14:00 Towards the end of last year, our digital team launched an interactive referencing tutorial: eleven bite-sized topics which help students understand the principles of referencing and show them how to acknowledge the sources they have used in their assignments. With digital products, small tweaks are always happening behind the scenes. I’m testing the live site – clicking and tabbing through the topics, checking the progress bar, attempting the assessments – to make sure that everything is working as it should. If I encounter any issues I’ll flag them to colleagues, so they can be picked up with the developers.

15:30 Clearing third-party permissions is no-one’s idea of fun, but it has to be done. Sometimes, I’ll clear them; mostly, authors will, and I’ll be on hand to advise them and steer them in the right direction. This afternoon, I’m skimming through some draft chapters for a linguistics title, on the lookout for any epigraphs, lengthy quotations, tables, figures or other such material still in copyright. There can be a lot of back-and-forth with rights-holders, mostly because they will rarely grant us the rights we need the first time round. Persistence is key!

17:00 I wind down with some admin: ordering books for authors, reviewers and upcoming conferences; updating the forward publishing programme; and checking our website to ensure new titles have fed out correctly.

17:30 Home time!

And there you have it, a day* – for no two days are the same, cliché as that may sound – in the life of an Assistant Editor. If you’d be interested in more posts like this, drop me a line in the comments!

*NB: This particular day was a few months ago; I’ve held off posting this until all of the projects mentioned in this post are known to the wider world (i.e. on our website).

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6 thoughts on “A Day in the Life of an Assistant Editor

  1. This was SUCH an interesting post and cool way to get a glimpse into what it’s like to be an Assistant Editor (I’ve seen the title around when I’ve applied to a few jobs and always wondered what it’s REALLY like aside from the credentials mentioned under the job title). I’m sure it varies slightly among companies, but generally it was great to get somewhat of a feel for it through your post!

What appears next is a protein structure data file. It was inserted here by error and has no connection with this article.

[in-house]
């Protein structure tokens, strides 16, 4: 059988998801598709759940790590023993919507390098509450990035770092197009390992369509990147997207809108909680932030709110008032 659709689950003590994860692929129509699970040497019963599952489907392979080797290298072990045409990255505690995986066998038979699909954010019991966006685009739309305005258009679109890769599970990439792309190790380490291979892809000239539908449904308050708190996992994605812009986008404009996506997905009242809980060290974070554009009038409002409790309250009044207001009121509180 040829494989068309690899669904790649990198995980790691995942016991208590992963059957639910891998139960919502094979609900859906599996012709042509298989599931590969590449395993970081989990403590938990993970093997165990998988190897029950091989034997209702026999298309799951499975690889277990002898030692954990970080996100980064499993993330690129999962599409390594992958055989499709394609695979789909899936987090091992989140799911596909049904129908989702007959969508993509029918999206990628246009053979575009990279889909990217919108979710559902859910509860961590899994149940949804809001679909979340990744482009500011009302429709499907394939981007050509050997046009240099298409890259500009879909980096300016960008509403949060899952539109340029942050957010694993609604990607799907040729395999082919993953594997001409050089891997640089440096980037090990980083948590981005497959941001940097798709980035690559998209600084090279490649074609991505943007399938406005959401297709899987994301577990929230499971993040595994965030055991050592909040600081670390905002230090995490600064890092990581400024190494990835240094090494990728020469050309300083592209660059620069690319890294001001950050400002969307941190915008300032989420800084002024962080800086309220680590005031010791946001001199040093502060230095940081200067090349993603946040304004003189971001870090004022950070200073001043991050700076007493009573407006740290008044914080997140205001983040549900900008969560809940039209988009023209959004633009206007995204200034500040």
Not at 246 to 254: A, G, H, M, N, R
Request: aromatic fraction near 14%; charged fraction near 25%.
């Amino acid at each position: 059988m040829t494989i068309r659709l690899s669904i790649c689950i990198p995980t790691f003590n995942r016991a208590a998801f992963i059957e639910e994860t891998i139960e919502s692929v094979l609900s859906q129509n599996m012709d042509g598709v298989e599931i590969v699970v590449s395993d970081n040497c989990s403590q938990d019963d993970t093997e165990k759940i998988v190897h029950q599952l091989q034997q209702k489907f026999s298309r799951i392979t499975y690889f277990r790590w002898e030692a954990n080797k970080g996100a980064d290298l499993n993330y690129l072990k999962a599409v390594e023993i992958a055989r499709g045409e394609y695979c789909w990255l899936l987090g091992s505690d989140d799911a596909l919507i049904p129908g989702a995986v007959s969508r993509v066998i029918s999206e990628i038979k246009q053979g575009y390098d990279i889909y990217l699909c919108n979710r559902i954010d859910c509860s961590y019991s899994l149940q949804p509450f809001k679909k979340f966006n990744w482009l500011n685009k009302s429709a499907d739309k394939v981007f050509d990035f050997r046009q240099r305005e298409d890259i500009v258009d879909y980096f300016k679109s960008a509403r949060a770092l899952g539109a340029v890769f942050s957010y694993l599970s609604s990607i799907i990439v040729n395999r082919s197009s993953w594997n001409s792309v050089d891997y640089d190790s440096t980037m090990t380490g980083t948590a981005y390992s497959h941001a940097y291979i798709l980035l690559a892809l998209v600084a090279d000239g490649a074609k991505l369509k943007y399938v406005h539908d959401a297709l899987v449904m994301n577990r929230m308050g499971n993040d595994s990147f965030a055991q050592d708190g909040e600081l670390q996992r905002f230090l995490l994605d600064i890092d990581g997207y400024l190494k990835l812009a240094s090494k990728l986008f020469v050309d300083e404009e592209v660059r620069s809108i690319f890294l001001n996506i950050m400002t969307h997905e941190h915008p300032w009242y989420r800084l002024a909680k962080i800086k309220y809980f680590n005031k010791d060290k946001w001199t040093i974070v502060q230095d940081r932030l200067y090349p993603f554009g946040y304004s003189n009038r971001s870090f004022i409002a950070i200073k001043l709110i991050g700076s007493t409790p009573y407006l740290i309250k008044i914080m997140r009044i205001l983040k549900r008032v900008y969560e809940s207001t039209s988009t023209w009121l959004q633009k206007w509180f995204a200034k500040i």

Liked by 1 person

    1. It’s definitely a job that varies as much from company to company as it does from team to team within a company. I imagine my day is quite different to one of an Assistant Editor in Nature, or BMC, or Palgrave Macmillan! I really enjoy what I do, so it makes the commute worth it 🙂 If you’re trying to break into the industry, good luck with your applications!

      Like

  2. A mug with space for a biscuit, I’m jealous! If you put a choc digestive in it does it melt the chocolate though?
    Interesting insight into your work day, thanks for sharing! I’d love to do something like this. Especially if a workplace had a ‘bunker’, hahah that’s brilliant!
    Caz xx

    Liked by 1 person

    1. Not sure how my spam filter swallowed your comment, Caz! Glad you found it interesting 🙂 Apparently before I joined, the lunch space was upstairs with lots of natural light… but then they needed space for more desks, so it moved underground! I haven’t actually tried it with a chocolate digestive. Will have to give that a go (I’m sure there were some on the shelf the other day at work…!) Enjoy the long weekend! X

      Liked by 1 person

  3. Nice to get a glimpse into your work day! Your job sounds similar to what I did freelancing a few years ago. Even if it can be busy at times, it seems like you enjoy it! Hope to read more about it in later posts. 🙂

    Liked by 1 person